Crick News

ISSUE 32

September 2017

Schools project

Schools-project-503x307px.jpg

 

The Francis Crick Institute's education team has rolled out a school science project to almost 1,500 students in Camden to help them learn to 'work scientifically' - a key part of the national curriculum.

Inspired by Crick research on DNA damage and cancer, the education team designed an interactive project in collaboration with teachers from local schools to engage year 7 students in classroom science experiments, with an emphasis on the scientific method: coming up with questions, collecting data, testing hypotheses and interpreting the findings. Teachers from eight schools were trained at the Crick and then gave the lessons throughout the summer term with the support of Crick staff.

Science Educator at the Crick, Ivana Petrovska, said: "It was exciting to see a project emerge from a collaboration among teachers, Crick staff and scientists and come to life in the school classroom. Watching the students make their own discoveries, make sense of them and even provide suggestions of how to improve the experiments was incredibly rewarding."

The project was generously supported by a grant from the Clore Duffield Foundation and was developed as part of a wider education programme at the Crick that aims to engage and inspire Camden students with STEM (science, technology, engineering and mathematics) subjects and support teachers with various aspects of the school curriculum.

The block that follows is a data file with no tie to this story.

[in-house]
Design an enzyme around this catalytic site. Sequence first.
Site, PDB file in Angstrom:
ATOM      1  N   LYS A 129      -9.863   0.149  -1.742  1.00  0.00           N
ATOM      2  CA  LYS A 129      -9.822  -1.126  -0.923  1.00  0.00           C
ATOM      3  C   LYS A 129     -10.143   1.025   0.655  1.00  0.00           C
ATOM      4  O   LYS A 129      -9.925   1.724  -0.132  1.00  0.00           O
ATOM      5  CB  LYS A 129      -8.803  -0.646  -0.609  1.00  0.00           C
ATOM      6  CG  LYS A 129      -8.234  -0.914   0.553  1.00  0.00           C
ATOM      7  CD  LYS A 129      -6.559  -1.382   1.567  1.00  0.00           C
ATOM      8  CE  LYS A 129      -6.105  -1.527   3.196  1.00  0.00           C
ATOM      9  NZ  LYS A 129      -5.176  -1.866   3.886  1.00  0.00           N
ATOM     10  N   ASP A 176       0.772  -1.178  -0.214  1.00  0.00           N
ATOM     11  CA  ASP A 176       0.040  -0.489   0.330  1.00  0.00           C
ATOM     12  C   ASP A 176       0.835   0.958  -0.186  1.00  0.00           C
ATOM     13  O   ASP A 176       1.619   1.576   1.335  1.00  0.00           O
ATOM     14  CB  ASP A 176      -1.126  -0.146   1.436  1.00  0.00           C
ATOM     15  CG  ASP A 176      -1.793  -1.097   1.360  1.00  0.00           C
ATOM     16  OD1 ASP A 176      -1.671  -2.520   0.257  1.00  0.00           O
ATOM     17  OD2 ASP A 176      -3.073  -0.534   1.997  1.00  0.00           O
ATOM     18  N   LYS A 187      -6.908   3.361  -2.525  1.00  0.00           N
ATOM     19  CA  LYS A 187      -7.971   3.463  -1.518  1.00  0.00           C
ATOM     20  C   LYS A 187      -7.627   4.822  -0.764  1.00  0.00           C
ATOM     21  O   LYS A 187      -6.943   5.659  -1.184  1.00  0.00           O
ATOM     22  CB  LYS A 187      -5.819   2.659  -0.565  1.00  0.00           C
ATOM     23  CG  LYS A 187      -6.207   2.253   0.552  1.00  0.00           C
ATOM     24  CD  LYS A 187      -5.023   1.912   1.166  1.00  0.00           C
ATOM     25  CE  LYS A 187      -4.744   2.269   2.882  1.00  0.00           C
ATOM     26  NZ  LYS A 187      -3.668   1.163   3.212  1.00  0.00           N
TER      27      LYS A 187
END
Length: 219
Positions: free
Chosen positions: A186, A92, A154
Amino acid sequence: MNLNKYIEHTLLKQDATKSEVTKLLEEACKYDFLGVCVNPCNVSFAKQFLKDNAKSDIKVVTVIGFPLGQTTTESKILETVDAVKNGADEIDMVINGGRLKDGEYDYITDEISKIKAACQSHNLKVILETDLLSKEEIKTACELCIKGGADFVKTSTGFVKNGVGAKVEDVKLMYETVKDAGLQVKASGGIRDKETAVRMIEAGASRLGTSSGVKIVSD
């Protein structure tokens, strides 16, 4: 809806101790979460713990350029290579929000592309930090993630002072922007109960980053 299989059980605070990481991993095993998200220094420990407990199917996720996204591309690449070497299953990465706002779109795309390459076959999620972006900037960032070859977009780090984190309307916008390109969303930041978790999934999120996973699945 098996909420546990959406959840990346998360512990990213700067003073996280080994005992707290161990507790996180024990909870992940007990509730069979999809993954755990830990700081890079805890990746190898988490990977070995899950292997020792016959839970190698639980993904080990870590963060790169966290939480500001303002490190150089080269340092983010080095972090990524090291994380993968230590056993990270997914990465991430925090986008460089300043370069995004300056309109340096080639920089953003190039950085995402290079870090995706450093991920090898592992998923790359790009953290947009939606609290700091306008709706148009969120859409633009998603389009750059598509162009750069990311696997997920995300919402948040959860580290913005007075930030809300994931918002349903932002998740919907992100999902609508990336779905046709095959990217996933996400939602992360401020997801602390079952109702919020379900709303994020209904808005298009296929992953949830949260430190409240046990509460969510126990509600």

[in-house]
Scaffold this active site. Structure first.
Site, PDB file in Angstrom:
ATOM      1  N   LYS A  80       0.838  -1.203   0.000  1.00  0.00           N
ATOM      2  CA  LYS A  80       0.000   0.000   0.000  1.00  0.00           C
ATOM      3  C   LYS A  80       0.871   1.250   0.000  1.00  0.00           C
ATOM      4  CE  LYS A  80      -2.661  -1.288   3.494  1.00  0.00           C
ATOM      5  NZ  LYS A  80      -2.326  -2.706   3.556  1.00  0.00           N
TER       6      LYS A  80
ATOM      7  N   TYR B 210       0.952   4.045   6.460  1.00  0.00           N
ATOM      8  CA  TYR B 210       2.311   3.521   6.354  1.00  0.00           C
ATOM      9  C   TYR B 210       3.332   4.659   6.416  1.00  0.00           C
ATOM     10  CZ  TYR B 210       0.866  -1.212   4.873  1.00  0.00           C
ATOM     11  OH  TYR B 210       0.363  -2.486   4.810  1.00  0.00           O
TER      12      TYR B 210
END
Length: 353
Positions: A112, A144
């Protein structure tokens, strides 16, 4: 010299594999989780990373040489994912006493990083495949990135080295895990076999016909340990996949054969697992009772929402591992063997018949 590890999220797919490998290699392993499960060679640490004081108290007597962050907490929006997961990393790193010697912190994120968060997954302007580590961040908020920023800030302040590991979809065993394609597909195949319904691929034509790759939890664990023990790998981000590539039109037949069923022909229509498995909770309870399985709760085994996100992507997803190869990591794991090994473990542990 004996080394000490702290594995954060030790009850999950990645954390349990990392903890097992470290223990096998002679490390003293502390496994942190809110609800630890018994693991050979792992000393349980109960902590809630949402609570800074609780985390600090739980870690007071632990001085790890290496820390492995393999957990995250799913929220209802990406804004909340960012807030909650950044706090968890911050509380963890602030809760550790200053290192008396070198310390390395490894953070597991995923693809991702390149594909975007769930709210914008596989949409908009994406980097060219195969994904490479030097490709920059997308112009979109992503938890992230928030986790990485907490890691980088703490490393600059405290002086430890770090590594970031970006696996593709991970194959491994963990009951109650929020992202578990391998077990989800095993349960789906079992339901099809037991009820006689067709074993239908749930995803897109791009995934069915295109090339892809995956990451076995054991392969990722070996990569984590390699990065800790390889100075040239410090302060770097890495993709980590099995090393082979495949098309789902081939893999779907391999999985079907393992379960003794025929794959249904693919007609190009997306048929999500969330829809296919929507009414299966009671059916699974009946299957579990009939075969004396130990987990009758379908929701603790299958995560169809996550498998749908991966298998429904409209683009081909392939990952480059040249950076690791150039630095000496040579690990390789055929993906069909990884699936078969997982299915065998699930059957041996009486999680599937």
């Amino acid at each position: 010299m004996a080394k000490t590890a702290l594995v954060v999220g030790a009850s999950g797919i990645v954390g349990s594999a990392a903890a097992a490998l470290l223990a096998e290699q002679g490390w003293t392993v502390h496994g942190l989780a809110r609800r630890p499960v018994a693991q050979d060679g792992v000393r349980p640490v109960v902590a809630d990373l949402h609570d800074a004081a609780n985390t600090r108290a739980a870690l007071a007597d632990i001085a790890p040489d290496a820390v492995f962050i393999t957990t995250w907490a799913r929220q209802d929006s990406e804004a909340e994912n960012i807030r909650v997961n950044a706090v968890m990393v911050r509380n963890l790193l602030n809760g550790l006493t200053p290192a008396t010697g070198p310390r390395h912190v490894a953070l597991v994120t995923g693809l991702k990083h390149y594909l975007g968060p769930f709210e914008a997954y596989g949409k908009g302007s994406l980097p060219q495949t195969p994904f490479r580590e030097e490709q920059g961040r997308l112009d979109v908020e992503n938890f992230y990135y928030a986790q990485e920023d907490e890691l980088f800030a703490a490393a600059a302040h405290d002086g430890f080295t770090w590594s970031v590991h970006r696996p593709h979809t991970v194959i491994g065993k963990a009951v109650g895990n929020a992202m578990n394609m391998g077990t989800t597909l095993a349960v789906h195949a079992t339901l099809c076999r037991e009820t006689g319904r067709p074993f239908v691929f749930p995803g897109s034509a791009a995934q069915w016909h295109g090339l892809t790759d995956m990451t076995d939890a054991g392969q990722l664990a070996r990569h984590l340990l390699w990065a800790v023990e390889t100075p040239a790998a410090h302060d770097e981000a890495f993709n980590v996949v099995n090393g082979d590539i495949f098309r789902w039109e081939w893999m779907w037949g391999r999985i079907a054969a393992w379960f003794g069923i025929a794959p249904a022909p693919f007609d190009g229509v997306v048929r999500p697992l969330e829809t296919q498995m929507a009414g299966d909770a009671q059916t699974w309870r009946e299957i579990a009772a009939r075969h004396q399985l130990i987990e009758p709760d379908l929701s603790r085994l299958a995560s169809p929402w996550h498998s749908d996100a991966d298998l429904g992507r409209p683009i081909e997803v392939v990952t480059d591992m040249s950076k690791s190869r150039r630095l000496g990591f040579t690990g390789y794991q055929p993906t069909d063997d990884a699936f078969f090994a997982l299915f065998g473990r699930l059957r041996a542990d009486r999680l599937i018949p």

Over a minimum of three lessons, students conducted science investigations from start to finish in the classroom. Working in groups, they designed and carried out experiments to explore ultraviolet (UV) light and the effectiveness of sunscreen using custom-built science equipment. The students then wrote up their experiments in mini scientific papers, which their teachers used to follow their progress and provide feedback and guidance.  

One teacher commented: "Our students very much enjoyed the practical. It has been extremely valuable to have a 'real life' scenario and equipment which students would not normally have access to in school."

When asked what they enjoyed the most about the project, one student said: "Understanding the experiments I was doing and why I was getting the results I was getting".

Another student said she enjoyed "testing how effective the sun cream is at blocking UV light." Students were also encouraged to think critically about the project and provide suggestions on how it could be improved.

Due to the success of the project, the Crick Education team is hoping to continue it next year. The project may serve as a model for developing other interactive projects for older students.